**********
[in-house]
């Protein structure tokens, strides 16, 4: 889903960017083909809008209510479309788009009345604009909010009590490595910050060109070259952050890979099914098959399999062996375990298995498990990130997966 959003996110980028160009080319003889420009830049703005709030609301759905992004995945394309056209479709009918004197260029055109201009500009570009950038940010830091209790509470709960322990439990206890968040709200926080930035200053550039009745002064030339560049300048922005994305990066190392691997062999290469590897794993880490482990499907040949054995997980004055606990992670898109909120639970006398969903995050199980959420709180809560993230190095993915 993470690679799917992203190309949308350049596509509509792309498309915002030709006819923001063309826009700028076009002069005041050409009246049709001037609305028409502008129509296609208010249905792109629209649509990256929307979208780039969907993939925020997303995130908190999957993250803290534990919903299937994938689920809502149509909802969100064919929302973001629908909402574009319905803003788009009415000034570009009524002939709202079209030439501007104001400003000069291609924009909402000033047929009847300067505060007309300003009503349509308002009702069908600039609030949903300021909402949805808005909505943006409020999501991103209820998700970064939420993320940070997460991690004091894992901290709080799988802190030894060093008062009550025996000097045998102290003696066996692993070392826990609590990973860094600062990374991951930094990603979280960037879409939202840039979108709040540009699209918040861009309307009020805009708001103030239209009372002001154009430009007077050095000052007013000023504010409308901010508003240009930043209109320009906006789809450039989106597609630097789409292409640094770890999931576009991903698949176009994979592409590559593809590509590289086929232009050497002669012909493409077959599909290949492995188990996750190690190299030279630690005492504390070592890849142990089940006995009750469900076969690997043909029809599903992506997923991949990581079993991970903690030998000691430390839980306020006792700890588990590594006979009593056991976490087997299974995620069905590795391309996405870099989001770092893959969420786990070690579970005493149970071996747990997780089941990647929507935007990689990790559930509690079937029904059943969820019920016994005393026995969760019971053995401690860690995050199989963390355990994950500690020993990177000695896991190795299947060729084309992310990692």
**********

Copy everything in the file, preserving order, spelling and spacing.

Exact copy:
[in-house]
């Protein structure tokens, strides 16, 4: 889903960017083909809008209510479309788009009345604009909010009590490595910050060109070259952050890979099914098959399999062996375990298995498990990130997966 959003996110980028160009080319003889420009830049703005709030609301759905992004995945394309056209479709009918004197260029055109201009500009570009950038940010830091209790509470709960322990439990206890968040709200926080930035200053550039009745002064030339560049300048922005994305990066190392691997062999290469590897794993880490482990499907040949054995997980004055606990992670898109909120639970006398969903995050199980959420709180809560993230190095993915 993470690679799917992203190309949308350049596509509509792309498309915002030709006819923001063309826009700028076009002069005041050409009246049709001037609305028409502008129509296609208010249905792109629209649509990256929307979208780039969907993939925020997303995130908190999957993250803290534990919903299937994938689920809502149509909802969100064919929302973001629908909402574009319905803003788009009415000034570009009524002939709202079209030439501007104001400003000069291609924009909402000033047929009847300067505060007309300003009503349509308002009702069908600039609030949903300021909402949805808005909505943006409020999501991103209820998700970064939420993320940070997460991690004091894992901290709080799988802190030894060093008062009550025996000097045998102290003696066996692993070392826990609590990973860094600062990374991951930094990603979280960037879409939202840039979108709040540009699209918040861009309307009020805009708001103030239209009372002001154009430009007077050095000052007013000023504010409308901010508003240009930043209109320009906006789809450039989106597609630097789409292409640094770890999931576009991903698949176009994979592409590559593809590509590289086929232009050497002669012909493409077959599909290949492995188990996750190690190299030279630690005492504390070592890849142990089940006995009750469900076969690997043909029809599903992506997923991949990581079993991970903690030998000691430390839980306020006792700890588990590594006979009593056991976490087997299974995620069905590795391309996405870099989001770092893959969420786990070690579970005493149970071996747990997780089941990647929507935007990689990790559930509690079937029904059943969820019920016994005393026995969760019971053995401690860690995050199989963390355990994950500690020993990177000695896991190795299947060729084309992310990692």